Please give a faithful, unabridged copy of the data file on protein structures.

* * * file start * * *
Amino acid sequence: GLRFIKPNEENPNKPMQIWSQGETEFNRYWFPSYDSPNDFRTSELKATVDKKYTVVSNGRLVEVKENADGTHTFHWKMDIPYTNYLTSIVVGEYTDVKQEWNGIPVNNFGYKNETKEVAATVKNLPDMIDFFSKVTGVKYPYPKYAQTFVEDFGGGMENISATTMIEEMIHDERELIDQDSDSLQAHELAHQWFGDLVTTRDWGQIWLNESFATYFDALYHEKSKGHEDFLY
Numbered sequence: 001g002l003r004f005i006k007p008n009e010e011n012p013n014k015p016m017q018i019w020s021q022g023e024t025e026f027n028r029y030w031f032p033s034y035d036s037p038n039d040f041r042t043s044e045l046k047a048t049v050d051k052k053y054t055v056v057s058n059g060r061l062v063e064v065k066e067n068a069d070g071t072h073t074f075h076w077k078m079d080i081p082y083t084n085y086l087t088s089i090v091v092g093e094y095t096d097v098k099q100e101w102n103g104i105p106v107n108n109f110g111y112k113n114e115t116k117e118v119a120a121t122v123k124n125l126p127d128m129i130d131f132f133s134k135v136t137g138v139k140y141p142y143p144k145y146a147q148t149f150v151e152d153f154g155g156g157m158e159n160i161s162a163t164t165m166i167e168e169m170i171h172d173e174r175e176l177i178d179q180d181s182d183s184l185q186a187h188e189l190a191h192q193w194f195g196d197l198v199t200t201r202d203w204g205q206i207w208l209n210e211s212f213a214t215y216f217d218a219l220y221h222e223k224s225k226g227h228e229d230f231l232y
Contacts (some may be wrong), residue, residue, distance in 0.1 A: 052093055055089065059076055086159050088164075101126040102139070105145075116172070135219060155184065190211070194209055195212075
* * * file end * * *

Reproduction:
Amino acid sequence: GLRFIKPNEENPNKPMQIWSQGETEFNRYWFPSYDSPNDFRTSELKATVDKKYTVVSNGRLVEVKENADGTHTFHWKMDIPYTNYLTSIVVGEYTDVKQEWNGIPVNNFGYKNETKEVAATVKNLPDMIDFFSKVTGVKYPYPKYAQTFVEDFGGGMENISATTMIEEMIHDERELIDQDSDSLQAHELAHQWFGDLVTTRDWGQIWLNESFATYFDALYHEKSKGHEDFLY
Numbered sequence: 001g002l003r004f005i006k007p008n009e010e011n012p013n014k015p016m017q018i019w020s021q022g023e024t025e026f027n028r029y030w031f032p033s034y035d036s037p038n039d040f041r042t043s044e045l046k047a048t049v050d051k052k053y054t055v056v057s058n059g060r061l062v063e064v065k066e067n068a069d070g071t072h073t074f075h076w077k078m079d080i081p082y083t084n085y086l087t088s089i090v091v092g093e094y095t096d097v098k099q100e101w102n103g104i105p106v107n108n109f110g111y112k113n114e115t116k117e118v119a120a121t122v123k124n125l126p127d128m129i130d131f132f133s134k135v136t137g138v139k140y141p142y143p144k145y146a147q148t149f150v151e152d153f154g155g156g157m158e159n160i161s162a163t164t165m166i167e168e169m170i171h172d173e174r175e176l177i178d179q180d181s182d183s184l185q186a187h188e189l190a191h192q193w194f195g196d197l198v199t200t201r202d203w204g205q206i207w208l209n210e211s212f213a214t215y216f217d218a219l220y221h222e223k224s225k226g227h228e229d230f231l232y
Contacts (some may be wrong), residue, residue, distance in 0.1 A: 052093055055089065059076055086159050088164075101126040102139070105145075116172070135219060155184065190211070194209055195212075